• Todd says:

      I have played the two Easter psalms, 118 and 66, for weddings. I think they are acceptable. The only sticking point might be a music director or pastor who insists on going “by the book.” I think a few other psalms outside of the Seven would be agreeable. Perhaps even the Magnificat.

  10. Jessica says:

    I am getting married on a saturday during lent, while i know that alleluia can’t be said, are there other no-no’s I should be aware of? I am leaning towards Tobit 8, psalm 145, 1 john 4, and john 2. Am I ok?

  11. Nanu Onajite says:

    My wedding is coming up in February 2016. I will like to have suggestions on the readings to pick for that day. It’s Feb 6th 2016

    • Todd says:

      Nanu, I would read through the possibilities with your beloved and see what readings move the two of you in a religious sense. And consult with your clergy.

  12. Justin Brodersen says:

    Can i give the first and 2nd reading if i am not Catholic?

  13. Sarah says:

    I am getting married in October 2016, and I was wondering if these would be acceptable.

    A reading from the Book of Ruth;
    Ruth said, “Do not urge me to leave you or quit following you! Where you go, I will go. Where you live, I will live. Your people will become my people and your God my God.”

    This is the word of the Lord.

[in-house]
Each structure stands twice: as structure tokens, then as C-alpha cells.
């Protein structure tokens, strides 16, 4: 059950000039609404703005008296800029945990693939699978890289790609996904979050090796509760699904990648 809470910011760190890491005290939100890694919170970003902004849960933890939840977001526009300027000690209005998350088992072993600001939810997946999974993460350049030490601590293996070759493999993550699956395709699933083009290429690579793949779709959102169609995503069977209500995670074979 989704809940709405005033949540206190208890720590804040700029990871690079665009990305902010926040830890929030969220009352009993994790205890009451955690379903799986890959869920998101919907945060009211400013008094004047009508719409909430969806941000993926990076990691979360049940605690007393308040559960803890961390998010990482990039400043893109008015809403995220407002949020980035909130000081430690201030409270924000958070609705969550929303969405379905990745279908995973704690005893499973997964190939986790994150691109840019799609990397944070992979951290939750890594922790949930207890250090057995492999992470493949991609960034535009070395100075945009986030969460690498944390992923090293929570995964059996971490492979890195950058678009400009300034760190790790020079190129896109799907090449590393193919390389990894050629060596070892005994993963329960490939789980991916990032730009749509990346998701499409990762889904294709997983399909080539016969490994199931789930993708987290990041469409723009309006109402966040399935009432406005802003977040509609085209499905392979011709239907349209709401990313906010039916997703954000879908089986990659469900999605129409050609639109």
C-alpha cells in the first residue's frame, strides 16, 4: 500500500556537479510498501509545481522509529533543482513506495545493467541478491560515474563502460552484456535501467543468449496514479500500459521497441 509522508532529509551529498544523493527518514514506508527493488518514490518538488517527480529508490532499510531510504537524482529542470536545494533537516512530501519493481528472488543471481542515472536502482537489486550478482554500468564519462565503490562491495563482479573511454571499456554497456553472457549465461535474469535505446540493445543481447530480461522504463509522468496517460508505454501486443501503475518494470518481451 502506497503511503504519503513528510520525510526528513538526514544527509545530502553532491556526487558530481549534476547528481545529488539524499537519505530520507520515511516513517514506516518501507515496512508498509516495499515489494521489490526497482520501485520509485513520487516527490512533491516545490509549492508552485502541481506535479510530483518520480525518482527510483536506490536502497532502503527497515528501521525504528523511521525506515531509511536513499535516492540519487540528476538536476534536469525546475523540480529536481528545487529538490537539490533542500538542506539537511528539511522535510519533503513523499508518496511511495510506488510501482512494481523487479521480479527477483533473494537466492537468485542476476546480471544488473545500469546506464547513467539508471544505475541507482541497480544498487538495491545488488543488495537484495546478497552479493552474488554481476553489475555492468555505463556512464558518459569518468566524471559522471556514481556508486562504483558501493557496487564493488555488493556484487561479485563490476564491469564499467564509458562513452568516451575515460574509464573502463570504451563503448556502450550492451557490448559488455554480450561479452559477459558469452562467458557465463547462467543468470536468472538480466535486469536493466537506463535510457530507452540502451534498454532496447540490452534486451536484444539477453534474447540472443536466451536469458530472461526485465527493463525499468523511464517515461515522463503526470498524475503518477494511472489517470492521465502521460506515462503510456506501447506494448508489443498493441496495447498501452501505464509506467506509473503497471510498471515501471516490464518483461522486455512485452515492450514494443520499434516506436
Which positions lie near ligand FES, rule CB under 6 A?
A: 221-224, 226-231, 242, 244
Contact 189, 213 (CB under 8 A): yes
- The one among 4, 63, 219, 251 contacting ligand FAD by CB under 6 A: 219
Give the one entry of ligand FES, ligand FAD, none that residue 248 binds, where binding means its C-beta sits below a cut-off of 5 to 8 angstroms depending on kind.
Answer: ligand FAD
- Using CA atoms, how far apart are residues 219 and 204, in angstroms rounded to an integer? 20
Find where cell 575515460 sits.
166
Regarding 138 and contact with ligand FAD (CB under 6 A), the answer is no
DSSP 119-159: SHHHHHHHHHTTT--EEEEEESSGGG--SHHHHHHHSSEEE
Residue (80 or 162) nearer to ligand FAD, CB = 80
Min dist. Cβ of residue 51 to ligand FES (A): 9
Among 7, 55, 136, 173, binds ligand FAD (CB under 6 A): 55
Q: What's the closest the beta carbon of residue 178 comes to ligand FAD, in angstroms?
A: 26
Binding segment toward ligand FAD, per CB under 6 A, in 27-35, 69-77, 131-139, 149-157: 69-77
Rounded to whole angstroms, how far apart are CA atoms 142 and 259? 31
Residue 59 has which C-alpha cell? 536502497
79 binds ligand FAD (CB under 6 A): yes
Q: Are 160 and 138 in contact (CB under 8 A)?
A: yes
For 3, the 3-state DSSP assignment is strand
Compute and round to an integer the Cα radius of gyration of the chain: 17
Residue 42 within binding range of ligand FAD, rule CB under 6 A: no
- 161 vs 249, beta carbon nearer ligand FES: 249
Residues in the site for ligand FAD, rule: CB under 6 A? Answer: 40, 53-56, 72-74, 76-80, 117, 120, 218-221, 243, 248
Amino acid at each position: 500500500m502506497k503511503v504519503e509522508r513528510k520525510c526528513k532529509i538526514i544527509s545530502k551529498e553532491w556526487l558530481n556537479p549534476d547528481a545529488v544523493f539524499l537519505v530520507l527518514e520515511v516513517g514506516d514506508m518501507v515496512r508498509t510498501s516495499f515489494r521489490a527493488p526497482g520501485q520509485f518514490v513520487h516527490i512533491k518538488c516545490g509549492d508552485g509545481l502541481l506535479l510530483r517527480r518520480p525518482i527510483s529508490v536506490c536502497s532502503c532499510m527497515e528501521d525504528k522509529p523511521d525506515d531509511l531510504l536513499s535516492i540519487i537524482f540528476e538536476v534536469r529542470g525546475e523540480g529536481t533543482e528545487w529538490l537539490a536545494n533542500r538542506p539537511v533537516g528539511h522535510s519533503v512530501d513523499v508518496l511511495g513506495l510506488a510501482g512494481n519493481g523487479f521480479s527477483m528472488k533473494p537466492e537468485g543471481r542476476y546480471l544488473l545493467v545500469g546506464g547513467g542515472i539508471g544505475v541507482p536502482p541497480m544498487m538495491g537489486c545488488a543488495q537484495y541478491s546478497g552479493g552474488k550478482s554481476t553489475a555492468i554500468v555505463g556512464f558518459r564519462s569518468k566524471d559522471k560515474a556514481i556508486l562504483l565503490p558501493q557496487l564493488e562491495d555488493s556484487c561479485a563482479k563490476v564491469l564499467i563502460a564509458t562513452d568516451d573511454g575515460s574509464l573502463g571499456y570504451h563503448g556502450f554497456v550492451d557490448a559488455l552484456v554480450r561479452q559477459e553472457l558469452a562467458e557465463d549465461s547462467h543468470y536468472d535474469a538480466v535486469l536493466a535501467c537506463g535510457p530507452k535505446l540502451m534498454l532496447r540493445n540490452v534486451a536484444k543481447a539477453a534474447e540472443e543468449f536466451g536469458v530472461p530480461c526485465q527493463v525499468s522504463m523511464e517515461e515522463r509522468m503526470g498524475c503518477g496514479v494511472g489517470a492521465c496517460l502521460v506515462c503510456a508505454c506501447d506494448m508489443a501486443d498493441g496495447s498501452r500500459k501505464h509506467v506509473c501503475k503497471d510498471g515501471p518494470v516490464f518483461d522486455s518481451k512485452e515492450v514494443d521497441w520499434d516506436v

All: Thanks be to God.

    A Reading from St. Paul to the Corinthians
    Love is always patient and kind:
    It is never rude or selfish; it does not take offence, and is not resentful. Love takes no pleasure in other people’s sins, but delights in the truth; it is always ready to excuse, to trust, to hope and to endure whatever comes. Love does not come to an end. In a word, there are three things which last forever, faith, hope and love- the greatest of these is love.

    This is the word of the Lord.
    All: Thanks be to God.


    Priest: The Lord be with you.

    All: And also with you.

    Priest: A reading from the Holy Gospel according to John.

    All: Glory to you, Lord.

    Jesus said to his disciples: `As the Father has loved me, so I have loved you. Remain in my love. If you keep my commandments you will remain in my love, just as I have kept my Father’s commandments and remain in his love. I have told you this so that my own joy may be in you and your joy be complete. This is my commandment: love one another, as I loved you.’
    This is the Gospel of the Lord.

    • Todd says:

      Hi Sarah, and congratulations on your wedding.

      You might check with the priest and parish where you are getting married. The reading from Ruth is not in the official Lectionary, and a few places are sticklers on that point. Also, the statement for the reader no longer has “This is,” it is just “The Word of the Lord. The response for the Gospel is “And with you spirit.”

      You are planning ahead: my wife would say that’s a good sign.